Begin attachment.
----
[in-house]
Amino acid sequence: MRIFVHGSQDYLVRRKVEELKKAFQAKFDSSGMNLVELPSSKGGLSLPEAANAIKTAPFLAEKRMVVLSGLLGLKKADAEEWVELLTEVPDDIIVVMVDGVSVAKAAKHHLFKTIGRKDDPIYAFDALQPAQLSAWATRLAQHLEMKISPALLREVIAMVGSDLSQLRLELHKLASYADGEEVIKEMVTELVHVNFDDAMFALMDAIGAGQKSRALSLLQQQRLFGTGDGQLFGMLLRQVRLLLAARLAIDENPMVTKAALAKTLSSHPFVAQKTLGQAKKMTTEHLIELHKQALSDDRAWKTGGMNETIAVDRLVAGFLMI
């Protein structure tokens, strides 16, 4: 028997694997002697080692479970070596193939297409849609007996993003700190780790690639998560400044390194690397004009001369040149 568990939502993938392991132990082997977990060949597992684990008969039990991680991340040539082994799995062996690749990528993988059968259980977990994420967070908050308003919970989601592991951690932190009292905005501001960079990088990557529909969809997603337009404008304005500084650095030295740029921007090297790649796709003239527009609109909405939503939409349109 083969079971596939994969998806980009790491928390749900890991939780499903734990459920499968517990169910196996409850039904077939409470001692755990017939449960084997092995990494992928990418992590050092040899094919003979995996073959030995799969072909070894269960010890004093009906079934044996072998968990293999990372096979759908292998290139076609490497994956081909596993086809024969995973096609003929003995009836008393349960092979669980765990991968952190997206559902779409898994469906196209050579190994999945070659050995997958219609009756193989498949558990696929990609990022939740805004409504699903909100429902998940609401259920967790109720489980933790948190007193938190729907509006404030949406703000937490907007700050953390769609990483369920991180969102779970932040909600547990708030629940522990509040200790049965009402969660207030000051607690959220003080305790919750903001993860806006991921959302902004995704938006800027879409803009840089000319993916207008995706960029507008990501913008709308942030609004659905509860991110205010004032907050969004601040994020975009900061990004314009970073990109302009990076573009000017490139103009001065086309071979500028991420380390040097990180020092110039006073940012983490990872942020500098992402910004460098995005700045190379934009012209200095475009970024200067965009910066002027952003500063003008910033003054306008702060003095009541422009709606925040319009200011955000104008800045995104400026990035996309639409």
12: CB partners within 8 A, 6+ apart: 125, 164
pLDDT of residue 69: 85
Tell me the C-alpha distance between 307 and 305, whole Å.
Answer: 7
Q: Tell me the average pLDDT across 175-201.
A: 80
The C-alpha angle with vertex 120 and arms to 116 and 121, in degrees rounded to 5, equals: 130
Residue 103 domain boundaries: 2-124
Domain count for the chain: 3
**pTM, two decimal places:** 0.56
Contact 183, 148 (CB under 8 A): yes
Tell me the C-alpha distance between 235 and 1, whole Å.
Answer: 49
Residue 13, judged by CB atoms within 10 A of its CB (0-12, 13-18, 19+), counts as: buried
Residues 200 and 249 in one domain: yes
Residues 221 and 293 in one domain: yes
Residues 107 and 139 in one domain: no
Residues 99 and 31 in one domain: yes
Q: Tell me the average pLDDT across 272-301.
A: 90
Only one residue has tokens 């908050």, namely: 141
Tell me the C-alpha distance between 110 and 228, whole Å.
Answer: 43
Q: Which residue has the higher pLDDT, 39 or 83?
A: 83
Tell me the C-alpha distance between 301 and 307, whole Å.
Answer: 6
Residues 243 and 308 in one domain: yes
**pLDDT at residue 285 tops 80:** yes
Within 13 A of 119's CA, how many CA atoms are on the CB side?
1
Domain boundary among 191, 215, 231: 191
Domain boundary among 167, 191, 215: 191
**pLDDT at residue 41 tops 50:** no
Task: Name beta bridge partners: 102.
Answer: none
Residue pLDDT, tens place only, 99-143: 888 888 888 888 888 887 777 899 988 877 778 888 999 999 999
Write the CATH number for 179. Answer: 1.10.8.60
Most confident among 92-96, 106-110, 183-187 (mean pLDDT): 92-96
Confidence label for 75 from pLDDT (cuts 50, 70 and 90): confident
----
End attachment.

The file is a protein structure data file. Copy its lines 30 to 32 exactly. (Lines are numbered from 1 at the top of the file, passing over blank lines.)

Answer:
Answer: 6
Residues 243 and 308 in one domain: yes
**pLDDT at residue 285 tops 80:** yes